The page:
Cn-LOH/LOH calculation: ASCAT and Sequenza generate allele-specific CNVs and thus allow the identifications of cn-LOH by considering only copy number events where one of the two alleles has no copies and the other one has the same number of copies as the sample ploidy. By considering only these events, we can generate the matrices cn-M’ and cn-Ms equivalent to their counterparts M’ and Ms. For each event in cn-M’ or cn-Ms, the total percentage of samples having this event is calculated. The copy neutral variations are then plotted in the stacked histograms as a black line indicating for each segment or window the percentage of samples presenting the current cn-LOH in negative ordinates.

Stacked histograms options include the possibility to plot LOH represented as a blue line indicating the percentage of samples presenting LOH in negative ordinates (see option “lohToPlot” in Table 1, S4A Fig). The estimated sample ploidy is used by default (S4A Fig) or can be adjusted using a user defined value (see option “ploidyFile” in Table 1, S4B Fig with a ploidy of two for every sample).

The stacked histograms are also represented in text format with the list and percentage of samples for each copy number value C allowing the user to easily identify samples of interest (Fig 1A). GISTIC results with focal and broad copy number events with their associated statistics are also available if the “runGISTIC” option has been enabled giving the user the choice of the criteria for selecting potentially interesting events.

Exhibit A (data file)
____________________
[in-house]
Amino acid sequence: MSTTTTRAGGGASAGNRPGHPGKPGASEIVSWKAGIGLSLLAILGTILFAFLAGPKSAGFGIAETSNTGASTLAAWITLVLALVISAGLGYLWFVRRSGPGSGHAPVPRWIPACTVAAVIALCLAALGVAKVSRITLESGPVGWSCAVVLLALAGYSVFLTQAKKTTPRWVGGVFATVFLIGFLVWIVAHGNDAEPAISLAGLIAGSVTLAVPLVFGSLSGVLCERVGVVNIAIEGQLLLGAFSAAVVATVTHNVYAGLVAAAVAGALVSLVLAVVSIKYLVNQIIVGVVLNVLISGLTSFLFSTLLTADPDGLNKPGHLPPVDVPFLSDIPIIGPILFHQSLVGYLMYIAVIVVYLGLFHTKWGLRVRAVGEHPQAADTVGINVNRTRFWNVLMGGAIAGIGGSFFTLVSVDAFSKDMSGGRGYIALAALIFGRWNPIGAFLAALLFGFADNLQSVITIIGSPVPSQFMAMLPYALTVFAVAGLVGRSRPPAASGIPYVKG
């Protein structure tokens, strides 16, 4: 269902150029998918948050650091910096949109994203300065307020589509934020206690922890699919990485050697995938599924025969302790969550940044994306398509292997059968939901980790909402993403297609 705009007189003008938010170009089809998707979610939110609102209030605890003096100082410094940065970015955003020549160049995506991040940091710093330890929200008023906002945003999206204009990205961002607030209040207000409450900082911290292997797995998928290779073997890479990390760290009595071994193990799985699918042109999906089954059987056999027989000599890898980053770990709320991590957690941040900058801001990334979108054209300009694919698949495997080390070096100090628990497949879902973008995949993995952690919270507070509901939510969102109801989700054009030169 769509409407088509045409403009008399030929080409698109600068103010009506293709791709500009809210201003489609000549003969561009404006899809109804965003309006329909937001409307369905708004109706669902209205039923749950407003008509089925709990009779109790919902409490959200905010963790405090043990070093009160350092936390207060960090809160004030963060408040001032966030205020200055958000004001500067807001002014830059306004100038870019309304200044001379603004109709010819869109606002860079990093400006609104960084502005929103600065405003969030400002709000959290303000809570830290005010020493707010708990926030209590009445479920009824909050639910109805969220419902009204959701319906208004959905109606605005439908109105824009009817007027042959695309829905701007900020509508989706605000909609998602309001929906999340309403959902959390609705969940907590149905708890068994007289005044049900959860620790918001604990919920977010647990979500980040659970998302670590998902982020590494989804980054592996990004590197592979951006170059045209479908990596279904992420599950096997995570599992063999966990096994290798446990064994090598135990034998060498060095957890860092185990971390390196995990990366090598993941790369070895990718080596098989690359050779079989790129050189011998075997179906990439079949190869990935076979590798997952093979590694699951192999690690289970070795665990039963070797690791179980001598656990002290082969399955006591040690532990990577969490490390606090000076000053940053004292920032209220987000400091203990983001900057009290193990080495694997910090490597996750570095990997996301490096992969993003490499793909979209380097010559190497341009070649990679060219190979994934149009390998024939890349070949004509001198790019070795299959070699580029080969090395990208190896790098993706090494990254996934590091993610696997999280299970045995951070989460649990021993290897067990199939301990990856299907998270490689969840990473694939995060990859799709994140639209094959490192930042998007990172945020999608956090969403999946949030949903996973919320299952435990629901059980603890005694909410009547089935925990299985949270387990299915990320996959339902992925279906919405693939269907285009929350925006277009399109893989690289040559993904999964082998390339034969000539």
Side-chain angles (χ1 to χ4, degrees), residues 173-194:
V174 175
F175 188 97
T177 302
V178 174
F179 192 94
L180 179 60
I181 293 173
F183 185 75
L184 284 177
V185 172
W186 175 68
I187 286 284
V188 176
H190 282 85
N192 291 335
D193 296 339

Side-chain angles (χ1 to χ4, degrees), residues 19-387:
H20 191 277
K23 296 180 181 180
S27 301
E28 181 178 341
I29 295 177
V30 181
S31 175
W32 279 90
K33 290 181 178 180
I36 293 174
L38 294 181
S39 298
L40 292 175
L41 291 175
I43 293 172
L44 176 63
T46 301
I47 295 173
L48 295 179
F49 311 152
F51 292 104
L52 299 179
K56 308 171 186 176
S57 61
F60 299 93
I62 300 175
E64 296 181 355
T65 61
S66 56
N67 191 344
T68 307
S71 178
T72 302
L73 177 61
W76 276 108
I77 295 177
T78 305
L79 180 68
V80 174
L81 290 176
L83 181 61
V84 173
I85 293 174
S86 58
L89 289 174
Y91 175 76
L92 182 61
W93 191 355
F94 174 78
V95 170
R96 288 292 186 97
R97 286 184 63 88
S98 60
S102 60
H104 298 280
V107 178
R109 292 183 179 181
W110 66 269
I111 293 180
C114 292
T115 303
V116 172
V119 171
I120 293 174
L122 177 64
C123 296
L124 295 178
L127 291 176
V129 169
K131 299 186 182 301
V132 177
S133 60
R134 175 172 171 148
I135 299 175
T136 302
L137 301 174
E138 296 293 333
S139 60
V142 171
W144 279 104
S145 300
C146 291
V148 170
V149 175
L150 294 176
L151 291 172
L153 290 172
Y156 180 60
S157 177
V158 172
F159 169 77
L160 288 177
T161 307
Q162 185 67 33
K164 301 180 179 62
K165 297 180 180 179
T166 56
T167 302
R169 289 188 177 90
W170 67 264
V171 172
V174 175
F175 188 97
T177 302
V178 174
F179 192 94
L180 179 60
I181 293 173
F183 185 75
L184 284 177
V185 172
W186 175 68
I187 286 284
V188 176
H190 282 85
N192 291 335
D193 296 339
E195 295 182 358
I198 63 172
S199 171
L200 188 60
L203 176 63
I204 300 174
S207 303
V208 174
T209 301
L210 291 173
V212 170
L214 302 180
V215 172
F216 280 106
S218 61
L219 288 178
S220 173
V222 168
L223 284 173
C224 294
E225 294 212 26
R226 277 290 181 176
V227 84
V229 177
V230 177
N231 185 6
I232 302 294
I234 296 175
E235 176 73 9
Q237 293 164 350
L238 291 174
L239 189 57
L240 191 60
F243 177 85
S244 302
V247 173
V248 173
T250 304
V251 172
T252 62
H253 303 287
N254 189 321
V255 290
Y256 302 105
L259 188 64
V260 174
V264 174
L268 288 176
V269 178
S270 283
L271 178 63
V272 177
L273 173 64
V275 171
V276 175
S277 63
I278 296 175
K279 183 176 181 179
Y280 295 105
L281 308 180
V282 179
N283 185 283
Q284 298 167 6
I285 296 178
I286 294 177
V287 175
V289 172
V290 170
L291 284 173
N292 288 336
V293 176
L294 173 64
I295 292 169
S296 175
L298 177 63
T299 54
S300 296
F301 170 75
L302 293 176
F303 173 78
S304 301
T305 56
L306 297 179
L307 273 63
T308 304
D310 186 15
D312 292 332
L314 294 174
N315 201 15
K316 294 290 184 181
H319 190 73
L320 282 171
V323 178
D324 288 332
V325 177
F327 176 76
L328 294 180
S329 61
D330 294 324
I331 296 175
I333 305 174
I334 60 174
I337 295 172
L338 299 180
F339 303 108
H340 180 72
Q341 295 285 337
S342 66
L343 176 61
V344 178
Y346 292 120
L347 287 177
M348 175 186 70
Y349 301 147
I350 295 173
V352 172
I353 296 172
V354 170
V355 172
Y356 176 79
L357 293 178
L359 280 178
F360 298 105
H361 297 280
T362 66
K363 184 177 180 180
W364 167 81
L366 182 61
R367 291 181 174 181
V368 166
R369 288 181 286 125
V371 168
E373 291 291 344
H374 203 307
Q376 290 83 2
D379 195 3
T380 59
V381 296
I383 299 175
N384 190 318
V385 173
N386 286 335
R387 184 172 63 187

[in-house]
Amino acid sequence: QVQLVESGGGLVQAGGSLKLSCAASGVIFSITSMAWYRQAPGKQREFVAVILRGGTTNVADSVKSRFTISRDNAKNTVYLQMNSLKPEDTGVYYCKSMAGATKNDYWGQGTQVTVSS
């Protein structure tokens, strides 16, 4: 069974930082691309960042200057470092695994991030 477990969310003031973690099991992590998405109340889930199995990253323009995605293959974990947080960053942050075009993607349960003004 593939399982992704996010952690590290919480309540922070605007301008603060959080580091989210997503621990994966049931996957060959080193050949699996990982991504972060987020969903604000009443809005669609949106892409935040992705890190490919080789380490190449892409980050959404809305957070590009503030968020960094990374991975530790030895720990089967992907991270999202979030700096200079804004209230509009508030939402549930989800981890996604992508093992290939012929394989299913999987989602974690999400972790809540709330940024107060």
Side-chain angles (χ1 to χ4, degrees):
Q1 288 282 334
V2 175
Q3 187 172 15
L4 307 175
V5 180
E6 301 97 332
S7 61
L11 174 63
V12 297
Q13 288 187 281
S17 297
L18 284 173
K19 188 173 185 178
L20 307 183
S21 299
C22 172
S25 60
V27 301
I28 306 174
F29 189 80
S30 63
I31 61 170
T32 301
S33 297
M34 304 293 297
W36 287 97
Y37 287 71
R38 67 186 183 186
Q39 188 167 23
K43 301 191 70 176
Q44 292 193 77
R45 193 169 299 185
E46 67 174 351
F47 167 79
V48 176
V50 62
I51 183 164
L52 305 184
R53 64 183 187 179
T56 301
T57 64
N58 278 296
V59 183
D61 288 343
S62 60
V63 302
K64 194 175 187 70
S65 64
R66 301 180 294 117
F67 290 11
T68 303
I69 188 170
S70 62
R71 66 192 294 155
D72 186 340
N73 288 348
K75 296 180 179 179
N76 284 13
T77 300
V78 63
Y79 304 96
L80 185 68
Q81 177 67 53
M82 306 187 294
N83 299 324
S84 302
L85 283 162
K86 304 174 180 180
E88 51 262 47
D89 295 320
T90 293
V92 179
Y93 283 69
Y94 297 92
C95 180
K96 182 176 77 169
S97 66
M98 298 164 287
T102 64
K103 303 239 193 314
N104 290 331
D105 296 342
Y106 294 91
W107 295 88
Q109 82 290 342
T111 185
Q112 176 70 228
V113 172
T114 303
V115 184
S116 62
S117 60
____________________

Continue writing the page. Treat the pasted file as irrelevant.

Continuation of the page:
Heterozygous/homozygous CNVs

Similarly to the construction of cn-M’ and cn-Ms, we can construct hH-M’ and hH-Ms by considering raw CNV data as segments with the following features: sample name, gain, no net change of copy number or loss and a status indicating whether the segment is heterozygous (both alleles have non null copy number values) or homozygous (at least one the alleles has a null copy number value). By adding for each event in hH-M’ or hH-Ms the percentage of samples presenting the event, a stacked histogram can be plotted with either gains or no net change of ploidy (the copy number value is equal to the sample ploidy) represented in positive ordinates and losses in negative ordinates (Fig 1B).

Output files and options

For each processed sample, all the output files produced by ASCAT and Sequenza are fully available and listed in Table A in S1 File. The resulting CNV data are then used as an input data in aCNViewer. The user may manually exclude samples from the analysis if desired (see options “sampleToExcludeList” and “sampleToProcessList” in Table 1) and the automated ploidy estimation of each sample can also be modified at the user’s convenience (see “ploidyFile” option in Table 1). The user can define different groups of samples according to any characteristics (age groups, gender, tumor stage, etc.) to be processed by aCNViewer (see “sampleFile” option in Table 1).